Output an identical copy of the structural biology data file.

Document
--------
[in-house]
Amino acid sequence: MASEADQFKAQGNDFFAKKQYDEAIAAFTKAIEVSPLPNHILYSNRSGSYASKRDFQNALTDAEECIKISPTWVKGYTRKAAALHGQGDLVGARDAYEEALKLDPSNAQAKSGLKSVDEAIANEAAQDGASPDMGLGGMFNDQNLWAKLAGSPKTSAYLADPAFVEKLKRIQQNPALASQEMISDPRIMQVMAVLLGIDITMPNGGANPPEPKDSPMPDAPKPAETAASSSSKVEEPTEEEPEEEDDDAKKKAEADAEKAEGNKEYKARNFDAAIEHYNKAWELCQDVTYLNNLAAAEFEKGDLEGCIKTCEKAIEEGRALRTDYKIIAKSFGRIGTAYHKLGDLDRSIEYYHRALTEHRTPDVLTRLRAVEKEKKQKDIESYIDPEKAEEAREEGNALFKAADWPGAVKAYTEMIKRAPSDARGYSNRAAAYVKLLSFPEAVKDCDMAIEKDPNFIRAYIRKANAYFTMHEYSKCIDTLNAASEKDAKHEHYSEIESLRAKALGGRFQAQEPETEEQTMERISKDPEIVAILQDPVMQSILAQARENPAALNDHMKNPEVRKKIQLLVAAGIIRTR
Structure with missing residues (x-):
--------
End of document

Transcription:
[in-house]
Amino acid sequence: MASEADQFKAQGNDFFAKKQYDEAIAAFTKAIEVSPLPNHILYSNRSGSYASKRDFQNALTDAEECIKISPTWVKGYTRKAAALHGQGDLVGARDAYEEALKLDPSNAQAKSGLKSVDEAIANEAAQDGASPDMGLGGMFNDQNLWAKLAGSPKTSAYLADPAFVEKLKRIQQNPALASQEMISDPRIMQVMAVLLGIDITMPNGGANPPEPKDSPMPDAPKPAETAASSSSKVEEPTEEEPEEEDDDAKKKAEADAEKAEGNKEYKARNFDAAIEHYNKAWELCQDVTYLNNLAAAEFEKGDLEGCIKTCEKAIEEGRALRTDYKIIAKSFGRIGTAYHKLGDLDRSIEYYHRALTEHRTPDVLTRLRAVEKEKKQKDIESYIDPEKAEEAREEGNALFKAADWPGAVKAYTEMIKRAPSDARGYSNRAAAYVKLLSFPEAVKDCDMAIEKDPNFIRAYIRKANAYFTMHEYSKCIDTLNAASEKDAKHEHYSEIESLRAKALGGRFQAQEPETEEQTMERISKDPEIVAILQDPVMQSILAQARENPAALNDHMKNPEVRKKIQLLVAAGIIRTR
Structure with missing residues (x-):